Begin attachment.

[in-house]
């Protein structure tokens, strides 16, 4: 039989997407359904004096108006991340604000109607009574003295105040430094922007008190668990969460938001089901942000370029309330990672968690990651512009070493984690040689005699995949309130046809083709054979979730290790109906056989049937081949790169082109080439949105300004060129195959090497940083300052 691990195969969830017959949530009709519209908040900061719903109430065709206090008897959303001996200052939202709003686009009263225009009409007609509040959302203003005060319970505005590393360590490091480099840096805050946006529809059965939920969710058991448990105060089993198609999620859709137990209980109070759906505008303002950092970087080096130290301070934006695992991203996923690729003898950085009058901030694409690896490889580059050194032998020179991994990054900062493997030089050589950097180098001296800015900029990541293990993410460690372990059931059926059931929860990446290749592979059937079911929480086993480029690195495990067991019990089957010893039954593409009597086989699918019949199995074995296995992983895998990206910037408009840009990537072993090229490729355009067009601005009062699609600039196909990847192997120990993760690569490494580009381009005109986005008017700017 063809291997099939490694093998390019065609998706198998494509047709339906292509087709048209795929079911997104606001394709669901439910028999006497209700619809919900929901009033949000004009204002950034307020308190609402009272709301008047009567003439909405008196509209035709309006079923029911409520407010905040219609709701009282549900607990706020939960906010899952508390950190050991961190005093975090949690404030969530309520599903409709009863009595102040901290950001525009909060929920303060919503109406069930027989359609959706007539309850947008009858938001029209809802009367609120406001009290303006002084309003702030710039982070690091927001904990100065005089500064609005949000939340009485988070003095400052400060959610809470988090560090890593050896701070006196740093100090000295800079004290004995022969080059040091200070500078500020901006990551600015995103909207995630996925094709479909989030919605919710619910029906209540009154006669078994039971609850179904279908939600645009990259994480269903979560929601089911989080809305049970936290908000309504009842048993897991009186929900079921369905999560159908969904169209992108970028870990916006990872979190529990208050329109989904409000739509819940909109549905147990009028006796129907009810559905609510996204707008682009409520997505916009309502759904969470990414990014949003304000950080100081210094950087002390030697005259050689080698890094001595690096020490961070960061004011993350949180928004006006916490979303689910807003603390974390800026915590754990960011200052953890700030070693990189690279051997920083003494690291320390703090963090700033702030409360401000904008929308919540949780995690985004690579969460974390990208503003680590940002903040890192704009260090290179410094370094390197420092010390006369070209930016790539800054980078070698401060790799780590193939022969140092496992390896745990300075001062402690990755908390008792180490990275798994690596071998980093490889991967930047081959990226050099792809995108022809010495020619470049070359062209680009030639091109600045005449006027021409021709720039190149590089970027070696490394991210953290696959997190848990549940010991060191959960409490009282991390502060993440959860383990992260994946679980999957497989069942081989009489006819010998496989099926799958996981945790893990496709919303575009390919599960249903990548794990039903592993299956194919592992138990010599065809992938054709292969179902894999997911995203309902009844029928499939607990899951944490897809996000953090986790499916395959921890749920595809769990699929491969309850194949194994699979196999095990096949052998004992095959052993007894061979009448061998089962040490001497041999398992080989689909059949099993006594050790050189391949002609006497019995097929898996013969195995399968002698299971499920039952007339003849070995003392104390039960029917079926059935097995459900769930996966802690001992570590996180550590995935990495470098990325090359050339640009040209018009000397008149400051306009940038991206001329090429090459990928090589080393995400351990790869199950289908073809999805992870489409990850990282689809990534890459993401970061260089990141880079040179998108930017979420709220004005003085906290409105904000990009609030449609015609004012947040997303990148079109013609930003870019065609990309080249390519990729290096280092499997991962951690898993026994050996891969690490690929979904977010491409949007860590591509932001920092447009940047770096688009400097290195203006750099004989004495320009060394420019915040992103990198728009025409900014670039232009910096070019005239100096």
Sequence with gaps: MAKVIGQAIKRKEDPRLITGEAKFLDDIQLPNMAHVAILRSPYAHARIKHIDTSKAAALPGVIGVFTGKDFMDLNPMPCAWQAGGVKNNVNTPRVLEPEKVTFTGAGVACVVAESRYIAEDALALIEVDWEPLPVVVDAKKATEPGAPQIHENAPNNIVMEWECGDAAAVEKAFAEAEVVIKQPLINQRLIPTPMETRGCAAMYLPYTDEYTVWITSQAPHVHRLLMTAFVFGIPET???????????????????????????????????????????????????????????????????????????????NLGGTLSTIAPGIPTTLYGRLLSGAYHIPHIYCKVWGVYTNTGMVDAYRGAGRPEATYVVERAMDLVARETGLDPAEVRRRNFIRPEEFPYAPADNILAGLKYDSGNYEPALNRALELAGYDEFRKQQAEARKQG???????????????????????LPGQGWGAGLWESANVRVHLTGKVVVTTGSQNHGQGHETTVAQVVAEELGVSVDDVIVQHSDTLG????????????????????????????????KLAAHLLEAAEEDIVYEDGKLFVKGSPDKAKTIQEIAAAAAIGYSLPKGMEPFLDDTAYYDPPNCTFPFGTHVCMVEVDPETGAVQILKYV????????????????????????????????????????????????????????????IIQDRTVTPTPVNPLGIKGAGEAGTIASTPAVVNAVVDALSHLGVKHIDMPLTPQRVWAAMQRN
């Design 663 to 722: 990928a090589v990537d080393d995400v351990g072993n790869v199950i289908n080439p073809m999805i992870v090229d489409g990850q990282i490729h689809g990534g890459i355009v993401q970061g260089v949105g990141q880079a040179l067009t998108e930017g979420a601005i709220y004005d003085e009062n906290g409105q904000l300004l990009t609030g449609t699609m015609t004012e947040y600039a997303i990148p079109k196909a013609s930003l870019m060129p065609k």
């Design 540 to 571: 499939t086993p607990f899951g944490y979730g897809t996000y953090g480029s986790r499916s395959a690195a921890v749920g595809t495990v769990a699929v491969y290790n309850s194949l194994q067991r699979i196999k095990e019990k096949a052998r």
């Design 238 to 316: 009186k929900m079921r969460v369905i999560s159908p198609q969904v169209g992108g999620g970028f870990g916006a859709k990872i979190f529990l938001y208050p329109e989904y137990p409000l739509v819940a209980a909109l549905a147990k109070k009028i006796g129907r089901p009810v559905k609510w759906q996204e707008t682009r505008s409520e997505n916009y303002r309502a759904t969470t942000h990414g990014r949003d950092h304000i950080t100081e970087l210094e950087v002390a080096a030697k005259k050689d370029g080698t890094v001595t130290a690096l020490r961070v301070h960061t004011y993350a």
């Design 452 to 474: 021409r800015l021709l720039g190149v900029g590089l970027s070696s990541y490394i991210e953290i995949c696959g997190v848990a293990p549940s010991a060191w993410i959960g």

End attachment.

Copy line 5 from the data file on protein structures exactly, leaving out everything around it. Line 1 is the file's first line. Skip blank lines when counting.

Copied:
């Design 540 to 571: 499939t086993p607990f899951g944490y979730g897809t996000y953090g480029s986790r499916s395959a690195a921890v749920g595809t495990v769990a699929v491969y290790n309850s194949l194994q067991r699979i196999k095990e019990k096949a052998r």